- There may be some bleeding from the puncture sites. This is nothing to worry about generally.
- Excessive bleeding may require re-dressing. Please call the hospital where the surgery was performed or Nigel’s rooms if this occurs.
The amount of swelling following an arthroscopy varies and tends to be dependent on the pre-operative state of your knee, and how much is done to your knee during surgery. An increase in the amount of swelling in the early post-operative days indicates that you are doing too much. It is important to decrease the amount of swelling as quickly as possible.
This can be achieved by:
- Not overdoing things
- Using crutches to reduce the weight
- Keep the leg elevated as much as possible
- Using a compression bandage
- Using ice at regular intervals
- You should check your leg frequently to ensure that it is pink in colour and NOT white or blue, as this may indicate ice burn. You may apply ice (wrapped in a wet towel) 3-4 hourly, for 30-minutes duration. (Frozen vegetables can be used). Please use a barrier between the skin and the ice.
- The most important part after your surgery is to keep your pain under control. This is done with medications.
- The anaesthetist will give you a script for pain-killers and an anti-inflammatory if you do not already have them.
- The medication needs to be taken regularly especially for the first 4 days.
- If your pain is not controlled by the medication, please call Nigel’s rooms.
Crutches are to be used to control weight bearing transmitted through your knee.
Full Weight Bearing
This means that you may take as much weight as comfortable through your operated leg. The crutches are used in this instance to help control swelling, pain and to assist in the healing and recovery of the joint. It is important that you contract your thigh muscles each time you take weight through your operated leg. You may discard your crutches when you can walk without pain and the swelling around the joint has reduced.
- Walking and movement are encouraged to help get the knee moving
- It is extremely important to use crutches when you negotiate stairs
Remember this sequence
- WHEN GOING UPSTAIRS: Good leg, operated leg, then crutches.
- WHEN GOING DOWNSTAIRS: Crutches, operated leg, then good leg
You may resume driving around 2 days post operatively.
Work activities depend on the job that you do and Nigel will advise you of an appropriate time to return to your work. If you work in an office you may return to work when you feel comfortable to do so. Active jobs will need longer periods off work up to 4 weeks for manual labourers.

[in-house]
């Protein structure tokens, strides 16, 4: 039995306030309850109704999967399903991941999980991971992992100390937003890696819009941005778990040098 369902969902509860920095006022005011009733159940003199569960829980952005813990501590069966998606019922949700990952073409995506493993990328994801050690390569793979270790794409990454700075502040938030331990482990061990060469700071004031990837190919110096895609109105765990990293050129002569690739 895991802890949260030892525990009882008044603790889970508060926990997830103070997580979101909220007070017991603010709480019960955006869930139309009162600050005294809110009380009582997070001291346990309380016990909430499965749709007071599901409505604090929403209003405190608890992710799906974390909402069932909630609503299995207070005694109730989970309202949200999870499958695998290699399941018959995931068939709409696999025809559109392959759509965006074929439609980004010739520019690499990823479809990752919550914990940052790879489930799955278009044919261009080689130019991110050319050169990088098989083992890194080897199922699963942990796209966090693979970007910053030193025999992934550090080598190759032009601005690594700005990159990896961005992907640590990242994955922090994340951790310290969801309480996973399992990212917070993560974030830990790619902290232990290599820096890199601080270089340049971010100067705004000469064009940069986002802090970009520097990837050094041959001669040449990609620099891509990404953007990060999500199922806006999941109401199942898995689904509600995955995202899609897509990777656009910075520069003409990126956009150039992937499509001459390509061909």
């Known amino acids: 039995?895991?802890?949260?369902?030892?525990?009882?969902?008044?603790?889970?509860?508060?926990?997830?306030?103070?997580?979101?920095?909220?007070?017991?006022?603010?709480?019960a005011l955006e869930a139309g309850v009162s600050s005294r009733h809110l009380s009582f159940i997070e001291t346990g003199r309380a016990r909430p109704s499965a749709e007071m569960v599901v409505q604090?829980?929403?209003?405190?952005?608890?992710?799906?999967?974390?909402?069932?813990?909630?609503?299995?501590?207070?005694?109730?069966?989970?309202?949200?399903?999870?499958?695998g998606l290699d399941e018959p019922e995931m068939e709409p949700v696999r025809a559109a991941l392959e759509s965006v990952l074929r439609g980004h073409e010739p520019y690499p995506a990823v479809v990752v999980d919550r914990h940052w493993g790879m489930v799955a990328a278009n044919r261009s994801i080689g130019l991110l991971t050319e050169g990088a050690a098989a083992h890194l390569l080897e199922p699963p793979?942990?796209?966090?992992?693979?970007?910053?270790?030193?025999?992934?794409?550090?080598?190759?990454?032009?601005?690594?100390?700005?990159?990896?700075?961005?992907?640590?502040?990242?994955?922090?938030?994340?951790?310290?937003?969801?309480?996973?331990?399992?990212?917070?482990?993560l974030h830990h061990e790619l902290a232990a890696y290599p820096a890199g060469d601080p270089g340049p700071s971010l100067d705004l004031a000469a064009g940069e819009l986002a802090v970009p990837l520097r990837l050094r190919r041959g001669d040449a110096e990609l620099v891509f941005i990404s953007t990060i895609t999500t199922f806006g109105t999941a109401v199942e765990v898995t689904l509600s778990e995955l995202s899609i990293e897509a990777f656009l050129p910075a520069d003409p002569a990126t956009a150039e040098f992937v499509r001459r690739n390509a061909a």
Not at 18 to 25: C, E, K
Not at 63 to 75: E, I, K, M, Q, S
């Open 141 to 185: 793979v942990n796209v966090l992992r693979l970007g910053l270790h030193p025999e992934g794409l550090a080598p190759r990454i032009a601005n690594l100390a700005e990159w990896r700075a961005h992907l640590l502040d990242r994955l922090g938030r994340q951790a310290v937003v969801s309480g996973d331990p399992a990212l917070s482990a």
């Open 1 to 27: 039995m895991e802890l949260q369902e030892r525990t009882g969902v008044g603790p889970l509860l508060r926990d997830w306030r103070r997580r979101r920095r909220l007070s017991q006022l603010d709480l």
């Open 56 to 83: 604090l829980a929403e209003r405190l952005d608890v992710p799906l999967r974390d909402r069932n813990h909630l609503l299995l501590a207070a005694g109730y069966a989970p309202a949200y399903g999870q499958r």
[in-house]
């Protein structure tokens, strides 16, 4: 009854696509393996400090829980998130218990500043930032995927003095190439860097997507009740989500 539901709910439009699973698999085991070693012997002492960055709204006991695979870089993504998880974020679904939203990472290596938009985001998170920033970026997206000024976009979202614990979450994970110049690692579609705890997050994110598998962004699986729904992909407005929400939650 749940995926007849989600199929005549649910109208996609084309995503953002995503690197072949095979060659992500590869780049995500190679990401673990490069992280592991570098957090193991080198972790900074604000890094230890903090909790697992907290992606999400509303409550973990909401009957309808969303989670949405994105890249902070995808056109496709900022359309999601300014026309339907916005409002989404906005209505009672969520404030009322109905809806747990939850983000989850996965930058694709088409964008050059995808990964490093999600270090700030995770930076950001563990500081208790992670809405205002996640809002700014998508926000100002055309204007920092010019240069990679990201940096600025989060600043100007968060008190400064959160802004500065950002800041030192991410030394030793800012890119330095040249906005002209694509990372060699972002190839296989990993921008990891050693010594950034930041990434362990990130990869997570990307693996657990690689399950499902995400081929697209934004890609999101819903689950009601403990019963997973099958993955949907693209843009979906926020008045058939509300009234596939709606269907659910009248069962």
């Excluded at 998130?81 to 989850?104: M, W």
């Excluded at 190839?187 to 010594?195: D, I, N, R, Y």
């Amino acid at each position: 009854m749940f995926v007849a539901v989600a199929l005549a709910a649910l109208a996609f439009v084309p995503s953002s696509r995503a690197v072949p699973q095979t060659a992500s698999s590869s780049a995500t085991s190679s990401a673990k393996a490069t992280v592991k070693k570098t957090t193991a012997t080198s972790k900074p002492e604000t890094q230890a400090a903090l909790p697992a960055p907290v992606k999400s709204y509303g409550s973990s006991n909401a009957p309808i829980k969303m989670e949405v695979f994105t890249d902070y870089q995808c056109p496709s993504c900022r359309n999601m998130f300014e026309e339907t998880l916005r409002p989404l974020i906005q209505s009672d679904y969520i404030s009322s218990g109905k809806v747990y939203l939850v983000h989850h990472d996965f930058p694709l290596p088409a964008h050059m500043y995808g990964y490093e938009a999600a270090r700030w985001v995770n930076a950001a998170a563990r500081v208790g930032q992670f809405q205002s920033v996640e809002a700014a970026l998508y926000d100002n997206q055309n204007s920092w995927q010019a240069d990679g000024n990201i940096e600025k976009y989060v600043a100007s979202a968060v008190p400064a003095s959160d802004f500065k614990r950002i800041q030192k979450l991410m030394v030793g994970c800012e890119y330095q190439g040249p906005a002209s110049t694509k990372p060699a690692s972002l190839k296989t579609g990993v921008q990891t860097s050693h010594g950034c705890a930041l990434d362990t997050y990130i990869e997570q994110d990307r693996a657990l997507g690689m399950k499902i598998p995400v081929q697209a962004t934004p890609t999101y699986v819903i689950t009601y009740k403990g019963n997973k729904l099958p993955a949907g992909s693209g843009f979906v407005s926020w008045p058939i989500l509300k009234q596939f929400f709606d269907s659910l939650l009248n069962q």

Sports activities should not be attempted before 4 weeks at the earliest but again Nigel will advise of when you can return to these.
Even though arthroscopy is a small, effective and quick operation, complications can occur.
Bruising is common following arthroscopy and may occur around the top part of your thigh (where the torniquet was), in your calf, or around your knee. It may take 2 weeks for this to settle down
Your knee can be swollen for up to 6-8 weeks, and does depend on how much work was done in your knee joint
Swelling reduction with ICE is important and should be done regularly for the first 10-14 days
Is less than 0.5% (1/200)
- It is important to seek medical advice if you have any of the following:
- Feel unwell
- Increased pain in your knee or with movement
- Increased heat or redness around your knee
- Increased swelling of your knee
- If there is a creamy discharge from the wounds
- If you experience discomfort or feel lumps in your groin
- Any of these symptoms may indicate that you have an infection and it is important to seek medical advice as soon as possible
Blood clots (DVT)
Occur in 10-15% of patients having an arthroscopy of the knee.
Most cases are not picked up and do not cause problems.
But if you have:
- Increased pain or discomfort in your calf
- Increased swelling of your calf
- Increased pain with movement of your calf
- Your breathing pattern changes or you feel short of breath
Any of these may suggest you have a blood clot and you should seek medical advice as soon as possible.
Some patients may still have pain following surgery. This is not uncommon particularly in those who have arthritis (wear and tear) in their knee or those who have inflammation of their knee.
The locking or catching sensation will go but the pain may remain.
Recurrence of symptoms
In a small number of cases the locking or catching sensation may recur. This can be because Nigel has not taken out enough meniscus, there has been a further tear of the meniscus, or a new problem has arisen.
You may have discomfort, swelling, bruising and/or clicking in your knee for up to 8 weeks after your operation. These are normal occurrences post operation. However, after 8 weeks if you continue to have any of those symptoms please contact Nigel’s rooms. It is important not to overdo things after your operation as you may cause damage to your knee.